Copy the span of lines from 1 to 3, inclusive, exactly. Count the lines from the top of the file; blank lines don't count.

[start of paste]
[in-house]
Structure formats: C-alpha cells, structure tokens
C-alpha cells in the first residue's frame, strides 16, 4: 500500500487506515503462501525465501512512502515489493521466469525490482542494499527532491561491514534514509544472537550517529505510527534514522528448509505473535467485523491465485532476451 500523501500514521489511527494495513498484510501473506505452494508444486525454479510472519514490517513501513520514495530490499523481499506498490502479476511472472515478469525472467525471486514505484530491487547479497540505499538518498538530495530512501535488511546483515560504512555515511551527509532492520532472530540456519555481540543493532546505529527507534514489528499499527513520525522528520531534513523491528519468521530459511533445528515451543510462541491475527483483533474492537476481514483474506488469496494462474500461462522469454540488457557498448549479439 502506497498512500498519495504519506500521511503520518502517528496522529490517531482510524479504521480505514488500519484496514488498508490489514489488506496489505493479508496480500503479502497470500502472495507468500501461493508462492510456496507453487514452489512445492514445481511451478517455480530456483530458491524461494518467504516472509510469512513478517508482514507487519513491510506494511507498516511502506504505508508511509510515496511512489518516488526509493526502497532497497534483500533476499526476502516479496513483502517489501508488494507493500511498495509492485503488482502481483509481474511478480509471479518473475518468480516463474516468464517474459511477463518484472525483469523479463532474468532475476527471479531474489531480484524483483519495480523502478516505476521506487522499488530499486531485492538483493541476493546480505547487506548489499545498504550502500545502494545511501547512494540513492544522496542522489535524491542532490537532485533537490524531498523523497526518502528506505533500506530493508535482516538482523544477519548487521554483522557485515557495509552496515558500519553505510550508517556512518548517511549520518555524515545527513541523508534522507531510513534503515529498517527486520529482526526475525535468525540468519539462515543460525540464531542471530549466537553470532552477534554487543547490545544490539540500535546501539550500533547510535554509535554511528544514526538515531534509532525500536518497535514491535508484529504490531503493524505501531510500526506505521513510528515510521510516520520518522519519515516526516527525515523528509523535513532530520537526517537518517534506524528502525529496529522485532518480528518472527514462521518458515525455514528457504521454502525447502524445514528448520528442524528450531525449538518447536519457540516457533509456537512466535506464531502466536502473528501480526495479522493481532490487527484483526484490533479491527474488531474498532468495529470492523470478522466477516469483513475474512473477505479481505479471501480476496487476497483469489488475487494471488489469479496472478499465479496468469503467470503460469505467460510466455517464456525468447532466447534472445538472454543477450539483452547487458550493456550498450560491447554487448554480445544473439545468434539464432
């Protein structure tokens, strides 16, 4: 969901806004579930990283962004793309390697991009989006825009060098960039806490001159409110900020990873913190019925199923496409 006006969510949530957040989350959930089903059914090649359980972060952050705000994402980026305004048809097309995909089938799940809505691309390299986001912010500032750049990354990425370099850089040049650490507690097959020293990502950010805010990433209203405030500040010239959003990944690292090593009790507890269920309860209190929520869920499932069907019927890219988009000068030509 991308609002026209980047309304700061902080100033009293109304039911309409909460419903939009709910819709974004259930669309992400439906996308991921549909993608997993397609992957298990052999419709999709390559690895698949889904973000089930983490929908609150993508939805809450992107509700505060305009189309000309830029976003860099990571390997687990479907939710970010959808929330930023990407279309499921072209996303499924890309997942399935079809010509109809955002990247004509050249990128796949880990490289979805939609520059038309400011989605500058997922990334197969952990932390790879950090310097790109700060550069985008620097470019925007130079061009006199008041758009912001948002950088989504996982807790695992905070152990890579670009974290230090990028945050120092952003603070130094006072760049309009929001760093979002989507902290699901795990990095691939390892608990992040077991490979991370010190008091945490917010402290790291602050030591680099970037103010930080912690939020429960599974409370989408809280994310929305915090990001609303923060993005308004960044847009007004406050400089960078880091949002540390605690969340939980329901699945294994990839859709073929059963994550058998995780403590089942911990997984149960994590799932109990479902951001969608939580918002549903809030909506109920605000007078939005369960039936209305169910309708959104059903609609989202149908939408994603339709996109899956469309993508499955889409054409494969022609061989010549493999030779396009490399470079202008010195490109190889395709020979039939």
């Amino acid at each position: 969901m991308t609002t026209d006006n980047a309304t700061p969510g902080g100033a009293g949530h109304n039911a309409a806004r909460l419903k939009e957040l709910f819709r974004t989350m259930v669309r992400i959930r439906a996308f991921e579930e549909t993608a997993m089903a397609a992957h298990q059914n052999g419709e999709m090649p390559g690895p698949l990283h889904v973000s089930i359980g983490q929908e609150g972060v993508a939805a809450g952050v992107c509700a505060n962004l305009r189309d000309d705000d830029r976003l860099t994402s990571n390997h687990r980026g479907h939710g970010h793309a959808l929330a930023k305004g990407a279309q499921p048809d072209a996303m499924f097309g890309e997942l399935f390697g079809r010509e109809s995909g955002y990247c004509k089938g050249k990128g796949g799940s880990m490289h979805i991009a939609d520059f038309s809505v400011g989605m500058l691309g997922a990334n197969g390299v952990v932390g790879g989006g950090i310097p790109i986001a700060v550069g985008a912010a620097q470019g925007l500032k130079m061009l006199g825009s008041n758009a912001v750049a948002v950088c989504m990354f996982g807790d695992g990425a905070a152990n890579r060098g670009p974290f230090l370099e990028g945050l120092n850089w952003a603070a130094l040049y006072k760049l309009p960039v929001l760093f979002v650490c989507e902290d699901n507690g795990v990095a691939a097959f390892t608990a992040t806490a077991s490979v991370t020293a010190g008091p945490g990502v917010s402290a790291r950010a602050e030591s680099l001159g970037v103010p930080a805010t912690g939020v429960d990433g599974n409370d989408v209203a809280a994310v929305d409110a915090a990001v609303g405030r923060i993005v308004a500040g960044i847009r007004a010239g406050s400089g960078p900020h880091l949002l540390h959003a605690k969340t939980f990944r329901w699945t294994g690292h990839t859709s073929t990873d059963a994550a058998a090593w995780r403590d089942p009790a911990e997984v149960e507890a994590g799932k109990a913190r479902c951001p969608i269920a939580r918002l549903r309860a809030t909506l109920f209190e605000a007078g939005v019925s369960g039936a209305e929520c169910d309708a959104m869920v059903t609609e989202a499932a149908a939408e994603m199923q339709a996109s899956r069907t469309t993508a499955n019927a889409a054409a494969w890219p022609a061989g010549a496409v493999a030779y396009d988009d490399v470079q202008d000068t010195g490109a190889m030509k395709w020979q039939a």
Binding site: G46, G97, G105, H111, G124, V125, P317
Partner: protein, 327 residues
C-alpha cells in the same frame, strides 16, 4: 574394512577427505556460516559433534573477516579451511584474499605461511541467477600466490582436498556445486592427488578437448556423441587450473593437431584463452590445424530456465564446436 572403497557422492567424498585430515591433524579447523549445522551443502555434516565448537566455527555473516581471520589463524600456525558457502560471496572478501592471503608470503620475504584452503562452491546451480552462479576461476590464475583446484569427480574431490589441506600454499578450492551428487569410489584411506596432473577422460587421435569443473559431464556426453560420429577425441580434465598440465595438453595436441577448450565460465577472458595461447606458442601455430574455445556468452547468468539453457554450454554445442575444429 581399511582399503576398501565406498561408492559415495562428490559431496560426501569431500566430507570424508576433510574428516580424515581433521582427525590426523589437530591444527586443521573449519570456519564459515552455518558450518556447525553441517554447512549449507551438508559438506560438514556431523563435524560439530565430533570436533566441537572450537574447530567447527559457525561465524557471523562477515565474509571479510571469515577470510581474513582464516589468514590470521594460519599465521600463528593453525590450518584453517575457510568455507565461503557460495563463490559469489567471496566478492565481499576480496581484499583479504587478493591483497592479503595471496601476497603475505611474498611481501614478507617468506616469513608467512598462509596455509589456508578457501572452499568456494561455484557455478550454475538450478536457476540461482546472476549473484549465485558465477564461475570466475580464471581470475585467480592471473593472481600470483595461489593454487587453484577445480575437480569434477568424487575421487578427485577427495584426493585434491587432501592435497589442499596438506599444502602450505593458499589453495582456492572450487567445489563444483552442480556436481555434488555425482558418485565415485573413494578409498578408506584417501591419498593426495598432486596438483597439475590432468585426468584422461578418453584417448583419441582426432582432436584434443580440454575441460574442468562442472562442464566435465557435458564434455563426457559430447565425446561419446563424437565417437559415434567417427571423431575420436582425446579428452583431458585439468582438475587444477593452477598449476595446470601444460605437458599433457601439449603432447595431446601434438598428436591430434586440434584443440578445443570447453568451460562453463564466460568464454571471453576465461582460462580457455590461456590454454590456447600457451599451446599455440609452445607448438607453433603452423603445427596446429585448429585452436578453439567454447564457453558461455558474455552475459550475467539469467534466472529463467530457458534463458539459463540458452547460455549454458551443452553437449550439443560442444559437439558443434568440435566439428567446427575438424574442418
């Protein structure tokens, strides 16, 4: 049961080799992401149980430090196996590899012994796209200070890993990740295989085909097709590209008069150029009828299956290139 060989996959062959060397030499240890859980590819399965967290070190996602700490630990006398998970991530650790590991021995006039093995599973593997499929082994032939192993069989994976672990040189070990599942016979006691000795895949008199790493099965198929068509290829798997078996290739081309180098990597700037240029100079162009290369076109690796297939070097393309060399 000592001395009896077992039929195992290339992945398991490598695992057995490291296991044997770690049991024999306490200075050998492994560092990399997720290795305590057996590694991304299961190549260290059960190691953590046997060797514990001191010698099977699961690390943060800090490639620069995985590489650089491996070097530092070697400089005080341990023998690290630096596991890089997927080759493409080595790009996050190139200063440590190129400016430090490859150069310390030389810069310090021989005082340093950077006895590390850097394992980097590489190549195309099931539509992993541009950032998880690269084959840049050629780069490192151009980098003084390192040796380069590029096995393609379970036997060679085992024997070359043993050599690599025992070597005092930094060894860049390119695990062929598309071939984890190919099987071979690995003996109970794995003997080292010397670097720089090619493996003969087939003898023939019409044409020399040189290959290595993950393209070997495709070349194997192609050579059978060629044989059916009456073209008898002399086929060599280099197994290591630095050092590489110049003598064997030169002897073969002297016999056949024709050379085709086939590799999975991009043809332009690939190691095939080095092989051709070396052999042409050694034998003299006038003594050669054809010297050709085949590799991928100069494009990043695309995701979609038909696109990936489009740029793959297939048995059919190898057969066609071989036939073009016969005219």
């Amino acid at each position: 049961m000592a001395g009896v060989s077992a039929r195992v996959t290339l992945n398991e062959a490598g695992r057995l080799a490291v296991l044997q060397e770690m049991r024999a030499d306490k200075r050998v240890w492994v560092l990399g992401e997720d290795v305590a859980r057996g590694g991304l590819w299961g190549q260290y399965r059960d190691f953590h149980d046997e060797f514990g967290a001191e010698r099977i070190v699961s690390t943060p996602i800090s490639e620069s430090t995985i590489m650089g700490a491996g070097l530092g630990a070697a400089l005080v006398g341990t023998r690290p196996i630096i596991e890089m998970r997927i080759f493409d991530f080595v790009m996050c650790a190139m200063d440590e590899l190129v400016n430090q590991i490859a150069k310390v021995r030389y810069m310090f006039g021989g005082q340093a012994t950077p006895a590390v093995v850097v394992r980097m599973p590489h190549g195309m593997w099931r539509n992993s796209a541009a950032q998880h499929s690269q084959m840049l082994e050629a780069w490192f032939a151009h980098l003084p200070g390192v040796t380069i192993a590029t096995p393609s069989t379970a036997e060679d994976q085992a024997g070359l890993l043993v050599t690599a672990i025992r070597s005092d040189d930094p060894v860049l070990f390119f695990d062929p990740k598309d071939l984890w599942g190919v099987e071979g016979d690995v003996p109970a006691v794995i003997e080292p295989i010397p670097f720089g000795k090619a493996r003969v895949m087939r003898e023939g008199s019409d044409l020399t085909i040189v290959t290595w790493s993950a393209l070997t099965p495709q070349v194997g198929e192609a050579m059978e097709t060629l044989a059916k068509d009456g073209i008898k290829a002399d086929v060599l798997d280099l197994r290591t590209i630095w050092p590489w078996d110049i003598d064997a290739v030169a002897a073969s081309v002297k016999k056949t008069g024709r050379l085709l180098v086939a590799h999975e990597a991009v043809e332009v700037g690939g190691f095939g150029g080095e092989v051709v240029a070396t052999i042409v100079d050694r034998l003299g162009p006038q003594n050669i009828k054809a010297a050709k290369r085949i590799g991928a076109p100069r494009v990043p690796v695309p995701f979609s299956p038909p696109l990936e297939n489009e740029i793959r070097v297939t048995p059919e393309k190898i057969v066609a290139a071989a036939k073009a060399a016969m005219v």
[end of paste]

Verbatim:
[in-house]
Structure formats: C-alpha cells, structure tokens
C-alpha cells in the first residue's frame, strides 16, 4: 500500500487506515503462501525465501512512502515489493521466469525490482542494499527532491561491514534514509544472537550517529505510527534514522528448509505473535467485523491465485532476451 500523501500514521489511527494495513498484510501473506505452494508444486525454479510472519514490517513501513520514495530490499523481499506498490502479476511472472515478469525472467525471486514505484530491487547479497540505499538518498538530495530512501535488511546483515560504512555515511551527509532492520532472530540456519555481540543493532546505529527507534514489528499499527513520525522528520531534513523491528519468521530459511533445528515451543510462541491475527483483533474492537476481514483474506488469496494462474500461462522469454540488457557498448549479439 502506497498512500498519495504519506500521511503520518502517528496522529490517531482510524479504521480505514488500519484496514488498508490489514489488506496489505493479508496480500503479502497470500502472495507468500501461493508462492510456496507453487514452489512445492514445481511451478517455480530456483530458491524461494518467504516472509510469512513478517508482514507487519513491510506494511507498516511502506504505508508511509510515496511512489518516488526509493526502497532497497534483500533476499526476502516479496513483502517489501508488494507493500511498495509492485503488482502481483509481474511478480509471479518473475518468480516463474516468464517474459511477463518484472525483469523479463532474468532475476527471479531474489531480484524483483519495480523502478516505476521506487522499488530499486531485492538483493541476493546480505547487506548489499545498504550502500545502494545511501547512494540513492544522496542522489535524491542532490537532485533537490524531498523523497526518502528506505533500506530493508535482516538482523544477519548487521554483522557485515557495509552496515558500519553505510550508517556512518548517511549520518555524515545527513541523508534522507531510513534503515529498517527486520529482526526475525535468525540468519539462515543460525540464531542471530549466537553470532552477534554487543547490545544490539540500535546501539550500533547510535554509535554511528544514526538515531534509532525500536518497535514491535508484529504490531503493524505501531510500526506505521513510528515510521510516520520518522519519515516526516527525515523528509523535513532530520537526517537518517534506524528502525529496529522485532518480528518472527514462521518458515525455514528457504521454502525447502524445514528448520528442524528450531525449538518447536519457540516457533509456537512466535506464531502466536502473528501480526495479522493481532490487527484483526484490533479491527474488531474498532468495529470492523470478522466477516469483513475474512473477505479481505479471501480476496487476497483469489488475487494471488489469479496472478499465479496468469503467470503460469505467460510466455517464456525468447532466447534472445538472454543477450539483452547487458550493456550498450560491447554487448554480445544473439545468434539464432